Tuesday, December 7, 2010

December 7th is unique in Delaware

People all over the country know December 7th as "A day that will live in infamy" but for Delaware, today is a day that is both bitter and sweet. 154 years before Japan launched a surprise attack against the Hawaiian Naval base at Pearl Harbor which brought America fully into WWII, Delaware became the first state to ratify a revolutionary new concept of Federalism and create the first true representative republic in more than a thousand years. Delaware got it's nickname on this day and "The First State" was born on December 7th, 1787.

Delaware was quite prominent in colonial times despite it's small size and the youth of the colony. Delaware had been part of Pennsylvania up until only a few years before Americans declared their independence from Britain.  Delaware had been known as "The Lower Counties" since 1682 when the Duke of York passed his ownership to William Penn in an effort to ensure that Maryland did not gain the territory. By 1704 the colony of Pennsylvania had grown so large that "The Lower Counties" were impeding political decisions.  At that time the "Lower Counties" and Pennsylvania decided to meet separately and while Penn retained control of the Governor of the territory (which was also the Pennsylvania Governor, FYI: John Dickinson was a native of Kent County Delaware) the legislature was free to make its own decisions.  A dispute over colonial boundaries and the desire of the "Lower Counties" to govern themselves was settled by the people of Delaware on June 15th, 1776 when the General Assembly was convinced by Thomas McKean and Caesar Rodney to vote for independence from Britain and Pennsylvania at the same time!  The rest of the colonies would follow Delaware's lead 2 weeks later when they voted in Philadelphia on July 2nd to adopt the "Declaration of Independence".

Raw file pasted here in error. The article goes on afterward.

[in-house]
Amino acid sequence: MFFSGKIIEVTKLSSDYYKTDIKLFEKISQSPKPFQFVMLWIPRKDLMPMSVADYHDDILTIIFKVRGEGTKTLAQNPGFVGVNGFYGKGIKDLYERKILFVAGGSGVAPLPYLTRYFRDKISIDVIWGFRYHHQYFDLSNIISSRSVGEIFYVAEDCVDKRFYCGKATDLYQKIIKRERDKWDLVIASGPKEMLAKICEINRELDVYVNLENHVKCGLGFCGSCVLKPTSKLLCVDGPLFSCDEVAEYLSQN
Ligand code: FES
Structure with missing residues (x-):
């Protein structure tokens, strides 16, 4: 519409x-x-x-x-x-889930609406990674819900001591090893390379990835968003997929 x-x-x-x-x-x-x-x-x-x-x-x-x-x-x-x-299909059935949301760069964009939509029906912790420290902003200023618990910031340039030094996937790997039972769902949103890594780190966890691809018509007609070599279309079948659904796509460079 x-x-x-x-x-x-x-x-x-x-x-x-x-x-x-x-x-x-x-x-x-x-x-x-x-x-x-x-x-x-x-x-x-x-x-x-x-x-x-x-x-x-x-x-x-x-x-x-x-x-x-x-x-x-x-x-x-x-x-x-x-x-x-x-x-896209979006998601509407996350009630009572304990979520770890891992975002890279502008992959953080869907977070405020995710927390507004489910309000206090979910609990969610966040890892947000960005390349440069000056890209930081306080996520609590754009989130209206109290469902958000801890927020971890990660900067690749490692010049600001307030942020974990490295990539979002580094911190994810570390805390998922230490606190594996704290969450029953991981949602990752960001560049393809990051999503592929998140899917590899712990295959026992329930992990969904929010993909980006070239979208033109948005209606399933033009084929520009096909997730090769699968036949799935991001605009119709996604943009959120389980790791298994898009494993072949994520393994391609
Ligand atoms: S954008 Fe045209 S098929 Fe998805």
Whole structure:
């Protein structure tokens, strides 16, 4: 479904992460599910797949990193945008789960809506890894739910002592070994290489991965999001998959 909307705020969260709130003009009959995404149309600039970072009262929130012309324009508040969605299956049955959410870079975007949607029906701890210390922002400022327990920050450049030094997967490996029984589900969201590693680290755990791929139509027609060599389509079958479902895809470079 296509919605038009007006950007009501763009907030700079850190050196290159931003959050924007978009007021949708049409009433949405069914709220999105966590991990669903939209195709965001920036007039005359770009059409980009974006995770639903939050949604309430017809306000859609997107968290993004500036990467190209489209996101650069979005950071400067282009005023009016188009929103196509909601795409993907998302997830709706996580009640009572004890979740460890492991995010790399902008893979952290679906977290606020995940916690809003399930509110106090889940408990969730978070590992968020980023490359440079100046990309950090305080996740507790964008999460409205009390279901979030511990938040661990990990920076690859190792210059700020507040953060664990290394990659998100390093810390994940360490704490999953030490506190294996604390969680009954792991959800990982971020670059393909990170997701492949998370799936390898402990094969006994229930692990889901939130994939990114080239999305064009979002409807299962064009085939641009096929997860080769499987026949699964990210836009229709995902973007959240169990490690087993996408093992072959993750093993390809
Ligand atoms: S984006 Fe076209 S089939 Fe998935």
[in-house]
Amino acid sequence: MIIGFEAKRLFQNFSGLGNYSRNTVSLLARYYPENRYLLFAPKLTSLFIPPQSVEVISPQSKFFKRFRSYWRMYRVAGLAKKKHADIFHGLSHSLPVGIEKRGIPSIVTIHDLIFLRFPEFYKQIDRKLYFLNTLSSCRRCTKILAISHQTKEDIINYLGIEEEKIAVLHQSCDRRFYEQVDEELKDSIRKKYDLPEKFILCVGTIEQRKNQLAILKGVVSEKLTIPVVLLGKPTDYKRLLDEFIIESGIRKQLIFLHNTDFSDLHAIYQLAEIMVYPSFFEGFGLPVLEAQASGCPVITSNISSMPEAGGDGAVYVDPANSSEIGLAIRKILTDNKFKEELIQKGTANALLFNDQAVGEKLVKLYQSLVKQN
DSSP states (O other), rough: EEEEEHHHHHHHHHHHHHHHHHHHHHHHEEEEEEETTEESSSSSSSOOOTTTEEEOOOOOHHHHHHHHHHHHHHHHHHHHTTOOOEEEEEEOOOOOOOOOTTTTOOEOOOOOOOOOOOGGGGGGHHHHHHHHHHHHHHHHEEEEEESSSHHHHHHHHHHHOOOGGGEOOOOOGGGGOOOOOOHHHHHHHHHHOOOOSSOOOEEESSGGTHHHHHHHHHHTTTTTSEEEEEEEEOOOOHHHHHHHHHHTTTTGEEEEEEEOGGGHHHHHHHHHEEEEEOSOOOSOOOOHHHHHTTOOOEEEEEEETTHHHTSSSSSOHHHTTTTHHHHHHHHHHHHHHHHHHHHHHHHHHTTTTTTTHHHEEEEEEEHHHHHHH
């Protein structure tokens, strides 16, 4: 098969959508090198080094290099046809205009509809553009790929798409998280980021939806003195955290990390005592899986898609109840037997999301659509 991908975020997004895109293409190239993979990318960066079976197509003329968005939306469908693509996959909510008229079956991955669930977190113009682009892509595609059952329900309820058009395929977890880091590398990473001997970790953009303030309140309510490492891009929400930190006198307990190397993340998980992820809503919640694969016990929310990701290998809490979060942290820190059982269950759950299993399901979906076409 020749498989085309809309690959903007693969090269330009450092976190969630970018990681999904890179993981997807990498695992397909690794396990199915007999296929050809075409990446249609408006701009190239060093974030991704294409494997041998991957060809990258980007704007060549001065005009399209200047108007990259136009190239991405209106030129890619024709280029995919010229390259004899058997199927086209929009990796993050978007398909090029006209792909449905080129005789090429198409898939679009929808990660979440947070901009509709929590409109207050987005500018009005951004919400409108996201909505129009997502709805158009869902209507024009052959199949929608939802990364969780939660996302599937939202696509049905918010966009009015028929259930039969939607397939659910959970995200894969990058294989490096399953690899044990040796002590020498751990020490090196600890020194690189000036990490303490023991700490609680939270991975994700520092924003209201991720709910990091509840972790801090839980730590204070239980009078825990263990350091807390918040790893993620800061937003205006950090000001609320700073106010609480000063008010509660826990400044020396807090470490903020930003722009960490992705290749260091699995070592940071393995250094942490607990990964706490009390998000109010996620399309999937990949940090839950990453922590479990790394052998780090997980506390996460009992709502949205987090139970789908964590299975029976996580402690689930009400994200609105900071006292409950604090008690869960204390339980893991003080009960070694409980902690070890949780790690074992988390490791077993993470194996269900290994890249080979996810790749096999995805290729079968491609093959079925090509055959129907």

Delaware would later contribute one of the premier regiments in the Continental Army.  They were called the "Delaware Blues" and nicknamed the "Blue Hen Chickens" because their tenacity matched that of the gamecocks that the soldiers used in off duty cock fights.  The regiment survived nearly the entire Revolution and fought in almost every battle.  Also, the Battle of Cooch's Bridge (the only Revolutionary War battle fought in Delaware) is believed to be the first time that the Stars and Stripes was flown in battle.

After the Revolutionary War, John Dickinson served as Delaware's first President and signed the Articles of Confederation as a representative from Delaware.  Later, Dickinson was pressed into service by Delaware once again to join  Gunning Bedford, Jr., Richard Bassett, George Read, and Jacob Broom in Annapolis at the Constitutional Convention of 1787.  Dickinson fought to ensure that every state, regardless of size, had a equal vote in the new government.  The Great Compromise (also known as the Connecticuit Compromise) assured Dickinson's desire and the ratification of the Constitution by the Delaware legislature.  Dickinson then supported a strong central government and he even wrote a series of 9 essays under the pen name Fabius supporting the new government.

Thus Delaware was born.  154 years later, the Japanese would strike a deep blow at Pearl Harbor and Dec. 7th would become Pearl Harbor Day in remembrance of the thousands of sailors, airmen and Marines who lost their lives on that day.  Still, in Delaware the date is remembered as "Delaware Day" or "Ratification Day" which makes Delaware able to celebrate the formation of of the United States of America on the same day that they commemorate the deaths of those who defended the nation.

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